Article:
COLUMNIST JOE JENNINGS
If tenuous reports surfacing in the media are to be believed, Manuel Fernandes’s love affair with Everton could be set to continue, that is, if he’s still on the menu at Goodison Park.
There have been various accusations levelled at Manuel Fernandes during his two spells with Everton, from backstabbing to lethargy to showboating. But one thing to me has always proved conclusive, scientific fact — the lad has talent, lots of it.
Fernandes remains, to this day, a rough diamond. A diamond who potentially, could become one of the best in the Premier League, given the right home. I honestly believed securing his services permanently last summer was a must, as he was exactly what we needed to move forward, and I felt we simply had to pay whatever it took to ensure his future was at Everton. For one reason or another, it didn’t happen. I was angered, but most of all, disappointed.
Disappointed that a player of such obvious ability and flair could slip through our net. Disappointed we couldn’t stump up the cash to secure his long term future was at Everton. Disappointed he would have to do make do with paella over scouse.
The now Valencia midfielder brought men of all ages, shapes and sizes out of the closet with some sexually arousing displays upon arrival at Liverpool 4. He was a breath of fresh air. A powerful, talented, dexterous international who brought an aura of class with him.
A goal against Manchester United back in April 2007 that encapsulated all the finesse, panache and absolute belief that was once quintessentially ‘Everton’ did much to spark the Evertonian excitement. It was understandable. As the season drew to a close, the focus was now aimed at getting Fernandes in on a permanent basis.
But that’s when it all started to go horribly wrong. Enthusiasm turned to despair as deadline day approached.
Supporters will now understandably refer to the protracted ‘transfer’ of that summer which involved Fernandes shaking hands on a deal with Everton and being Bill Kenwright’s guest for the clash against Blackburn Rovers, before inexplicably signing on the dotted line at the Mestalla a day after, as catastrophic. That hurt, it really did. It was like the winning lottery numbers that you forgot to put on, finding your best mate in bed with your wife, getting the ball full on at your sack, a heartbreaking feeling any dyed-in-the-wool Evertonian would have felt.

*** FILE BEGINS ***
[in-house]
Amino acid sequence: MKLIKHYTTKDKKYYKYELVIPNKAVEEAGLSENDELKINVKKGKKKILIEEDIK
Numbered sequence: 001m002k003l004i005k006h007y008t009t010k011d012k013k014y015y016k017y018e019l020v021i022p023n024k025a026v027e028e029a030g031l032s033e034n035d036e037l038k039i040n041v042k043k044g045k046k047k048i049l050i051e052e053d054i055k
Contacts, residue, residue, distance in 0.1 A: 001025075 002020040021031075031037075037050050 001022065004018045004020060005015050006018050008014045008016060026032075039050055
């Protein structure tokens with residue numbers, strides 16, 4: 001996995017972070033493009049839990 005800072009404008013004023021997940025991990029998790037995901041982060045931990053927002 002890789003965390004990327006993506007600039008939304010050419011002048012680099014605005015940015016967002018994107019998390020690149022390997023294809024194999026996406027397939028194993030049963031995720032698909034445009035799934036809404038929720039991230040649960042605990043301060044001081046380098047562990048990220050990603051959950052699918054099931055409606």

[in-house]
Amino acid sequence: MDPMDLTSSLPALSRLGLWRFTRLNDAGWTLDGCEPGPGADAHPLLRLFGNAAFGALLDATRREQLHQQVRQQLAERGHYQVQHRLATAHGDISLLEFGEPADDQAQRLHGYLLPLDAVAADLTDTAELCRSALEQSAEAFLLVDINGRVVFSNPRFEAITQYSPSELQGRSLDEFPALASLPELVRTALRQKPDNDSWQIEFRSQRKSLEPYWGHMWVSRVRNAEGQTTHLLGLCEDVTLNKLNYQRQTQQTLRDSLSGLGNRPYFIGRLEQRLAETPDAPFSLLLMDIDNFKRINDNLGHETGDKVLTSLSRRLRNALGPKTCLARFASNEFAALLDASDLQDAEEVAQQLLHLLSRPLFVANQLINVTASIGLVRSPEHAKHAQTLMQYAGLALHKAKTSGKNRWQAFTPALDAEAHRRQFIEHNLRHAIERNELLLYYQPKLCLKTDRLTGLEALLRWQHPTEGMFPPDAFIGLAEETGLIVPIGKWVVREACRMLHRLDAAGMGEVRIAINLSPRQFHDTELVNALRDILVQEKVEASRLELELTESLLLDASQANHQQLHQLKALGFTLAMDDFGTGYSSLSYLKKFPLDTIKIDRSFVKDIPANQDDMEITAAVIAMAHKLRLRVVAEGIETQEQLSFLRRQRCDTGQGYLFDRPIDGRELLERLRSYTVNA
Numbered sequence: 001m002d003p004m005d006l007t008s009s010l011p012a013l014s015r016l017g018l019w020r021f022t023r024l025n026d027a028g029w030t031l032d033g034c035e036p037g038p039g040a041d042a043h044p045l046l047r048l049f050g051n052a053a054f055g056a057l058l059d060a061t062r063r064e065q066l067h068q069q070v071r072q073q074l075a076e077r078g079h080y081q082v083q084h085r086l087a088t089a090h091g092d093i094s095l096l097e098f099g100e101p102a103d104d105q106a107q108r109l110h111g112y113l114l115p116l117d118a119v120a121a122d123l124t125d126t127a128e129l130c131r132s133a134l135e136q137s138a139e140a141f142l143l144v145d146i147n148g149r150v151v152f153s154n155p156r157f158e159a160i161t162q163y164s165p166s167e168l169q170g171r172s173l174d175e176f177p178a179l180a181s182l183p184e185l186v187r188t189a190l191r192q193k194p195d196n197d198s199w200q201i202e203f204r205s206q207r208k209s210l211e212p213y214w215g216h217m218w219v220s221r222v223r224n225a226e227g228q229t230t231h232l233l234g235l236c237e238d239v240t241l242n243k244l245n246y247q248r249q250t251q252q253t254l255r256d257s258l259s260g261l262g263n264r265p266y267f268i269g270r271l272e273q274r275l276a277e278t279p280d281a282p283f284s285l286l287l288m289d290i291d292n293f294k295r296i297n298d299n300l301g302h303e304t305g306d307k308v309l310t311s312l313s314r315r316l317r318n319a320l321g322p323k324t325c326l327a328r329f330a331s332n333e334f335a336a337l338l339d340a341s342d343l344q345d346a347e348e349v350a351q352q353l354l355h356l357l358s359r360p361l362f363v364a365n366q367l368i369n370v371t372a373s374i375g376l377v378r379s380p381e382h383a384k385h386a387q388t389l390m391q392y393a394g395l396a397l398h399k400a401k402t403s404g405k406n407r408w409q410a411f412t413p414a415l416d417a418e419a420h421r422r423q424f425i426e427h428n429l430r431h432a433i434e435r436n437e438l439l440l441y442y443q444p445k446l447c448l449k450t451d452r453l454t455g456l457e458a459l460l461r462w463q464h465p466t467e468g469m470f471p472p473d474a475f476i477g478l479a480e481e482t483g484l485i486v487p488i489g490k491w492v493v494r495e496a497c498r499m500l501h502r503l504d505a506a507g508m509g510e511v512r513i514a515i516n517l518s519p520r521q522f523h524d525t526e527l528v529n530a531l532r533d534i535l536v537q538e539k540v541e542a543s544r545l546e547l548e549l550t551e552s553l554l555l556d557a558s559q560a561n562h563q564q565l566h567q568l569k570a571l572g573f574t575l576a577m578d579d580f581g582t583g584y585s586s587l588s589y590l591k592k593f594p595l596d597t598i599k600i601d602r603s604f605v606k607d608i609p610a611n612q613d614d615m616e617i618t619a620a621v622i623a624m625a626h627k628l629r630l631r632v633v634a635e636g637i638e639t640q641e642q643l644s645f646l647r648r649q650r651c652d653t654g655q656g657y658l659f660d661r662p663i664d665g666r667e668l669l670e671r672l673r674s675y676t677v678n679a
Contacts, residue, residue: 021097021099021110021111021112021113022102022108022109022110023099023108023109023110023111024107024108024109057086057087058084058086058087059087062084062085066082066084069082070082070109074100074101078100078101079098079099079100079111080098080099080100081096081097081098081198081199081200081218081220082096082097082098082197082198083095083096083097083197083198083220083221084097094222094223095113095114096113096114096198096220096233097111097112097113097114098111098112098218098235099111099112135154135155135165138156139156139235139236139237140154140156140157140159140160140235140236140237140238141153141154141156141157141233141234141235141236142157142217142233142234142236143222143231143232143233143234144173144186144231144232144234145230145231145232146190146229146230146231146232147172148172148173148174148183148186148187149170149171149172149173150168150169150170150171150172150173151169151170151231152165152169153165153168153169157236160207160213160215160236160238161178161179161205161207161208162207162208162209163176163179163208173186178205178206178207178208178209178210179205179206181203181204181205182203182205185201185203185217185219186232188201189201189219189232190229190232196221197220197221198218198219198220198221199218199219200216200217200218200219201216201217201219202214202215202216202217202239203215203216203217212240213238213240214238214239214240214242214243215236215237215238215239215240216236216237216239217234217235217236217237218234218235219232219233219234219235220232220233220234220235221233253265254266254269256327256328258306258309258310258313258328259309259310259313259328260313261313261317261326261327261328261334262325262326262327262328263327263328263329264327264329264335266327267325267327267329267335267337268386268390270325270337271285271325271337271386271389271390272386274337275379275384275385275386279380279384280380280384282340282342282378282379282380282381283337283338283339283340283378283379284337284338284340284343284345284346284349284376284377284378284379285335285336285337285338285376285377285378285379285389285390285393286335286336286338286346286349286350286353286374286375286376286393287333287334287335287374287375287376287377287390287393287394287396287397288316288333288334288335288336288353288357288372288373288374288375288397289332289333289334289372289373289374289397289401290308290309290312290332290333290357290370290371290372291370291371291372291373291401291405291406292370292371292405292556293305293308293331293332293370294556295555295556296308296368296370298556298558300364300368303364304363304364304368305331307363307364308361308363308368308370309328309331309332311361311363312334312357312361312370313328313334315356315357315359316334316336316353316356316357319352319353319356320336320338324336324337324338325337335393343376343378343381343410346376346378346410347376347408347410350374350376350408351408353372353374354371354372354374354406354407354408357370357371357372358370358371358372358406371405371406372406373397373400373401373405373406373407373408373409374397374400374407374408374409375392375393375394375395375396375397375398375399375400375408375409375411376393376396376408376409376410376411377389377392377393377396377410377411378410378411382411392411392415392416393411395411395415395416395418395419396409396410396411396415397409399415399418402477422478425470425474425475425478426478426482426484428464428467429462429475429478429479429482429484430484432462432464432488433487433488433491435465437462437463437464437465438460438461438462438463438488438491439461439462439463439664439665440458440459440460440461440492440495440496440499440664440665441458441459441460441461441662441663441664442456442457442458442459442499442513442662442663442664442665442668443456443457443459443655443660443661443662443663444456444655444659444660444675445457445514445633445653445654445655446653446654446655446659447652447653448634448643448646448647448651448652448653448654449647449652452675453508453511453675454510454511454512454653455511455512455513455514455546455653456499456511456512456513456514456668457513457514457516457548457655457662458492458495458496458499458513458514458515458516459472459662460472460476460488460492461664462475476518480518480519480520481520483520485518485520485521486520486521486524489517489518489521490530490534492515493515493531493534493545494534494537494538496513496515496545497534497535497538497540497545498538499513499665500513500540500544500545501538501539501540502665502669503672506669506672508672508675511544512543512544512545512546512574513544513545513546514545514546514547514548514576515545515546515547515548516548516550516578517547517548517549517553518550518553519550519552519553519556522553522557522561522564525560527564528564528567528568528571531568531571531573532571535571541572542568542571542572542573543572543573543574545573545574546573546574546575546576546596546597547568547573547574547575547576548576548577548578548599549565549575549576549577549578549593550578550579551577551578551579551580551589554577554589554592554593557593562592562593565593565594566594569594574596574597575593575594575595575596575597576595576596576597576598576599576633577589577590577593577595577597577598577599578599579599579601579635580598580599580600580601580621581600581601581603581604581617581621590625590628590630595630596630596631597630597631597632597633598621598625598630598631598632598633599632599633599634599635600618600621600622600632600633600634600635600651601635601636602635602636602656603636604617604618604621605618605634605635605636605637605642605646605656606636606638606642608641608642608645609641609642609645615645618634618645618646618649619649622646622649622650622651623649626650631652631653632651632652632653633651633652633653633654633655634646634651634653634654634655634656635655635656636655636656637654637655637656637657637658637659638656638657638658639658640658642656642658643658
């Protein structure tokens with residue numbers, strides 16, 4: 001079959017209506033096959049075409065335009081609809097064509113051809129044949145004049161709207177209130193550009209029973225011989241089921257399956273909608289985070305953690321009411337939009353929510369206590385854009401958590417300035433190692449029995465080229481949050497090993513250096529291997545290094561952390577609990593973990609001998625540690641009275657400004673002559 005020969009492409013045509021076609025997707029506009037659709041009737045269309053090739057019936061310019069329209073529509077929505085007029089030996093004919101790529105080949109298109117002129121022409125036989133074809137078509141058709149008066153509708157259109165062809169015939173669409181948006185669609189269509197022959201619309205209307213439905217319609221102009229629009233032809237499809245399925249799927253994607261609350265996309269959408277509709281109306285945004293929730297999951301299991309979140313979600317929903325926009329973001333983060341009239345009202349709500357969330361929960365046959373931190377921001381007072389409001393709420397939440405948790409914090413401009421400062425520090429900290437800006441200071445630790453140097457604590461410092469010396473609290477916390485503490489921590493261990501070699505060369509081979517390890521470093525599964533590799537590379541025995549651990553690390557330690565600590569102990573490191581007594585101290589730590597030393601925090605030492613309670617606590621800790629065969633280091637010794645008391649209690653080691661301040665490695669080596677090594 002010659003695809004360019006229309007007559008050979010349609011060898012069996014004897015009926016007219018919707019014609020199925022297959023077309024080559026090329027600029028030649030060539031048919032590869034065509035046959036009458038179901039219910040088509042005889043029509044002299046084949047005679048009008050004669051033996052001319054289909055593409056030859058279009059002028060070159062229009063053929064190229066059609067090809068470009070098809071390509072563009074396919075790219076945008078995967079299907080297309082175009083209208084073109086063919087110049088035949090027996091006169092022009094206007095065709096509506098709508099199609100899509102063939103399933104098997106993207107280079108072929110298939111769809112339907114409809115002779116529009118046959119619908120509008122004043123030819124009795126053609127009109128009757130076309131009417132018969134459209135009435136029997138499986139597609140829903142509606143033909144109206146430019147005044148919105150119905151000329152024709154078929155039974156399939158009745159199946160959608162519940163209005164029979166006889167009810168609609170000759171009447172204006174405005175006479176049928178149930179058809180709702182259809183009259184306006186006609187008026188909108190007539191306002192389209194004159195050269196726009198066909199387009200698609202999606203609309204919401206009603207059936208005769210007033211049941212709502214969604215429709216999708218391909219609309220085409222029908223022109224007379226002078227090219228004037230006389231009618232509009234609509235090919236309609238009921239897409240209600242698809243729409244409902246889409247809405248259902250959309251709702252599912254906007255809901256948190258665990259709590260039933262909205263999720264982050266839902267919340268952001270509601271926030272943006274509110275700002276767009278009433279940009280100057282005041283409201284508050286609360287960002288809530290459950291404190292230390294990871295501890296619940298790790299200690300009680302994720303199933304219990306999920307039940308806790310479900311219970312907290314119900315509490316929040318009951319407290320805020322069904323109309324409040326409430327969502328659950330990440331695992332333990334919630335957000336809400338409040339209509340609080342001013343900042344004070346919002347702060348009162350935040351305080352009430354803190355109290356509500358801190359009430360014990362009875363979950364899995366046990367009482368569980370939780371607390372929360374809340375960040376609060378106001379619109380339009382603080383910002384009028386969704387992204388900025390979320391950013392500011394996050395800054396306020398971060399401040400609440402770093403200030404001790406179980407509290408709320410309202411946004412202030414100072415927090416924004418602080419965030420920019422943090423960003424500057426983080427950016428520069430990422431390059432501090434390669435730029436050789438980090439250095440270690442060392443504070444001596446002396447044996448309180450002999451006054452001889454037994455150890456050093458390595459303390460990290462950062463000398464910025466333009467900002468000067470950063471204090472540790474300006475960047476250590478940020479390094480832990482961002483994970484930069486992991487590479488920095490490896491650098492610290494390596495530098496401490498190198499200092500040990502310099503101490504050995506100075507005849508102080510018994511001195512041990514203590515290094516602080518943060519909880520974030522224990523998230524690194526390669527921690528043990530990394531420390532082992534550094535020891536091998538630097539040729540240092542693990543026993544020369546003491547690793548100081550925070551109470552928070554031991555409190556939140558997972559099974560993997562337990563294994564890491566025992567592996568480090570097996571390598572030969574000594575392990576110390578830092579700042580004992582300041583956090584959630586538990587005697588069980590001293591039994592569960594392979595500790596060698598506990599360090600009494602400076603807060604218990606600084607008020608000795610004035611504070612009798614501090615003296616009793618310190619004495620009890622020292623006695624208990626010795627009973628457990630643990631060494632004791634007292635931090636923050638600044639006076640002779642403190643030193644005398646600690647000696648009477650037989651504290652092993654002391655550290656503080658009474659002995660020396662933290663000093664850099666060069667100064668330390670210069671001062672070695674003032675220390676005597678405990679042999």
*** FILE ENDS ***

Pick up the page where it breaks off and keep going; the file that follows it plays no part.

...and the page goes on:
Even a return on loan a few months later didn’t satisfy all of the Goodison boo-boys, clearly still sore from being shafted from behind. His performances didn’t initially inspire either, questions surrounding his attitude were once again inevitably posed. But there was always the knowledge of what he was capable of, a belief in Fernandes’ truly unique capabilities. There was almost an unforeseen determination from a certain section of our fan base however, that we couldn’t or shouldn’t fall back in love with him, because he was a traitor after all. I found that attitude loathsome. For sure, he had let us down massively, but that was now of secondary importance, the main thing was ensuring he didn’t slip away for a second time.
Here we had a player who rivalled some of the Premier League’s top performers in terms of skill, guile, awareness, passing range and vision and some remained adamant he was a bad apple. We’re a funny band of supporters. This was the same lad who had Cesc Fabregas — one of the most coveted talents in world football — grasping at his ankles in stupor as our Portuguese maestro set Goodison alight.
Watching Fernandes and Arteta in full swing against Portsmouth on a day sunshine surrounded Goodison Park was a joy to behold. It was truly school of science stuff. Arteta was the one player in the Everton side who really did understand how Fernandes operated, they clicked.
Given Arteta’s reincarnation in central midfield and the form and emergence of young talents, where would Fernandes fit in if his dream was to come true? Perhaps more importantly, would David Moyes have the foresight to do it? Is he too much of a steady Eddy to take the risk? Personally, I’d have him back in a shot, because unlike others, he has world-class ability. Valencia are cash-strapped, by no means are Everton affluent, but it begs the question if we can afford to spend £15 million on Marouane Fellaini surely we can gather the reddies to secure one of the other stars of tomorrow.
Manuel Fernandes needs tender, love and care. He needs a home. Agents have already played a massive role in his career in engineering moves to clubs across Europe, but here we have a 23-year-old — excusing the hyperbole — prospective world-beater. Surely that alone should banish any doubts surrounding him?
A midfield trio of Rodwell, Arteta and Fernandes (hey, maybe even Fellaini!), isn’t that our idea of Blue heaven? The Holy Trinity would certainly think so.
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